Animal Abuse Harms People Too

If you are reading this blog then I may safely assume you are an animal lover, but sometimes love is not enough. Sometimes advocacy through direction action is required.

I post this as an urgent call to action to help pass animal abuse legislation which Humane Society of the United States (Wisconsin) state director Melissa Tedrowe declared in her testimony to be a “gold standard” law. Current law has significant loopholes, as I heard Senator Wanggaard declare in a Senate hearing.

Advocates for the humane treatment of animals (Photo: HSUS)
Advocates for the humane treatment of animals (Photo: HSUS)

For the past few weeks I have supported HSUS as they moved companion bills through the Assembly and Senate hearings, greatly strengthening Wisconsin animal abuse law.

I testified at both hearings along with numerous other citizens and the bills passed with bipartisan unanimous support. Now they sit in the office of majority leader Senator Fitzgerald. The legislative session ends in two days and if this bill is not on the schedule by Tuesday, March 20…it will die.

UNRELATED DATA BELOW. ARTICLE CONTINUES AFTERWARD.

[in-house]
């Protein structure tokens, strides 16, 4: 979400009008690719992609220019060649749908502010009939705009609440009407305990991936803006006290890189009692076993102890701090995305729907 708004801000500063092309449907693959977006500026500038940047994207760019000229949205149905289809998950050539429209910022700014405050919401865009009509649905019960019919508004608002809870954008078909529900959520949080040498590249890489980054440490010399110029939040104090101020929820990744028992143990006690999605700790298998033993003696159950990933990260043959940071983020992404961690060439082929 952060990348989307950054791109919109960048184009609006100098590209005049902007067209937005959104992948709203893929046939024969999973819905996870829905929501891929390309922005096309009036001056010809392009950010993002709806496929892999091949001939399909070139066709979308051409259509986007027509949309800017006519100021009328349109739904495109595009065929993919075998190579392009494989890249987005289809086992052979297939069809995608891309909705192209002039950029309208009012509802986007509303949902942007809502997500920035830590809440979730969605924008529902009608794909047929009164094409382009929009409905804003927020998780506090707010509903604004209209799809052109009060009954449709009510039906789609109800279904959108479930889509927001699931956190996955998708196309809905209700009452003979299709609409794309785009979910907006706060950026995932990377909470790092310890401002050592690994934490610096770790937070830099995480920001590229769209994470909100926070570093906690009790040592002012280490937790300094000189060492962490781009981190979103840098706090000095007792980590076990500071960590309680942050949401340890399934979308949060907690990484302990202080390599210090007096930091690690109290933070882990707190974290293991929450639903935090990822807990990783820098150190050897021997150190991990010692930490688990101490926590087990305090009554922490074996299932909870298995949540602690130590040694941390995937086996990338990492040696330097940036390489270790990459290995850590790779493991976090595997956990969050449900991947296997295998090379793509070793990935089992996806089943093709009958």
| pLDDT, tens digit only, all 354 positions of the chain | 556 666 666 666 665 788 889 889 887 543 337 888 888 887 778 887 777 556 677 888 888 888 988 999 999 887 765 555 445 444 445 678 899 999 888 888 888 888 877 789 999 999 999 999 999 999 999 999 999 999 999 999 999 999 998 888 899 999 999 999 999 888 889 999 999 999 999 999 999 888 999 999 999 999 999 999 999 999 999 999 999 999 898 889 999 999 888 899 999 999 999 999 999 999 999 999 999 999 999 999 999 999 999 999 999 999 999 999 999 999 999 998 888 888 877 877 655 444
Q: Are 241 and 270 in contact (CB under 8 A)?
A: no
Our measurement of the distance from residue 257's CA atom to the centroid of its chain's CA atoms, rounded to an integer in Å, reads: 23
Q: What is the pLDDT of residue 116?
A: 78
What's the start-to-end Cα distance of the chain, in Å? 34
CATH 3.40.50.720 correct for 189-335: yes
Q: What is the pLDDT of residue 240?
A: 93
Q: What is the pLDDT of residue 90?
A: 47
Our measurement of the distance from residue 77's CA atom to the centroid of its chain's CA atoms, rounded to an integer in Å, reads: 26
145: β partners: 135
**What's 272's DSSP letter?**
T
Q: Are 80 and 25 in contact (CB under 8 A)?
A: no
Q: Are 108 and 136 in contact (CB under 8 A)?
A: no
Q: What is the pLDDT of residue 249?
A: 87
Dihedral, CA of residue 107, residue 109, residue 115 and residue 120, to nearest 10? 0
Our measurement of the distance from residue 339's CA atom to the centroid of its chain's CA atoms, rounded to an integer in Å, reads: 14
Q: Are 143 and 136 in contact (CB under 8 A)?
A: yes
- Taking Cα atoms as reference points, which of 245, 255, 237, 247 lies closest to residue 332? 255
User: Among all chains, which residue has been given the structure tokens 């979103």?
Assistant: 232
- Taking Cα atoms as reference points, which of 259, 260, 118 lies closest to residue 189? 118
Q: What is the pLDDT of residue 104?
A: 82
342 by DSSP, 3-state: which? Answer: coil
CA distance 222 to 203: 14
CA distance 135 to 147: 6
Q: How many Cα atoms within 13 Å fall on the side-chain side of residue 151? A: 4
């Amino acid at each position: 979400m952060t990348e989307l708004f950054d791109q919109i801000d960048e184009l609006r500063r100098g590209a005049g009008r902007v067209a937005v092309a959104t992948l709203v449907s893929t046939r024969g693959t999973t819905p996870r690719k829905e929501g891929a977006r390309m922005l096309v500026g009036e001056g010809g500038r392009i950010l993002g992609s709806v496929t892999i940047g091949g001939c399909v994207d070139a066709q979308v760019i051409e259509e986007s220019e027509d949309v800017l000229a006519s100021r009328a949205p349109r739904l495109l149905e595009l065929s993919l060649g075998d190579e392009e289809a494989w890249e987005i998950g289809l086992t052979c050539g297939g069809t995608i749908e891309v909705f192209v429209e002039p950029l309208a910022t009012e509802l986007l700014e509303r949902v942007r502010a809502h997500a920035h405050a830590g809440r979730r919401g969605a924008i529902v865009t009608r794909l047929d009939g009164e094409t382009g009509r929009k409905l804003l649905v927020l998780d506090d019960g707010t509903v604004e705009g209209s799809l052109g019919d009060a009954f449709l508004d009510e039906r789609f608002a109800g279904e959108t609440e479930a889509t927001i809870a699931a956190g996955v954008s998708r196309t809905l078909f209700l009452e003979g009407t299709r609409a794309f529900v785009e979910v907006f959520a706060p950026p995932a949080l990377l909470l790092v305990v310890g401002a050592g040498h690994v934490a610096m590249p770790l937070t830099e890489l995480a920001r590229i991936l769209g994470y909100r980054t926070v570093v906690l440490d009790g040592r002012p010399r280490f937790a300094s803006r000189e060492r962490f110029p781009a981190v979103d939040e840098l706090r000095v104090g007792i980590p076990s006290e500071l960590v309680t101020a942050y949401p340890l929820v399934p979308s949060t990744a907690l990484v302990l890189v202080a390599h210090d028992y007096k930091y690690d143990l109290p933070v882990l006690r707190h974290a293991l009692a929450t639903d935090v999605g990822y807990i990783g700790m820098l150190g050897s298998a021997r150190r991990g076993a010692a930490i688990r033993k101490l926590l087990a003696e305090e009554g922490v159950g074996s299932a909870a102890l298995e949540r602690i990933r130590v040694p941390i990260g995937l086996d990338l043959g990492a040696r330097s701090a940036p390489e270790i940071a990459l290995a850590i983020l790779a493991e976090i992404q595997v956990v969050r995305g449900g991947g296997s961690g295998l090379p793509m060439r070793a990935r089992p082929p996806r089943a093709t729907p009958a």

If this bill dies, so may countless animals and human beings.

You see, there is a link between animal abuse and human violence. I know this as I have been researching the subject for an upcoming BARKS From the Guild article and the evidence is very clear. Those who begin by abusing, torturing and killing animals too often end up doing the same to children, spouses, engaging in mass shootings and serial murder.

The massacre at Columbine high school was a catalyst for what is now a perpetual stream of school shootings across the United States. The Columbine murderers first engaged in the abuse and murder of wild and domestic animals.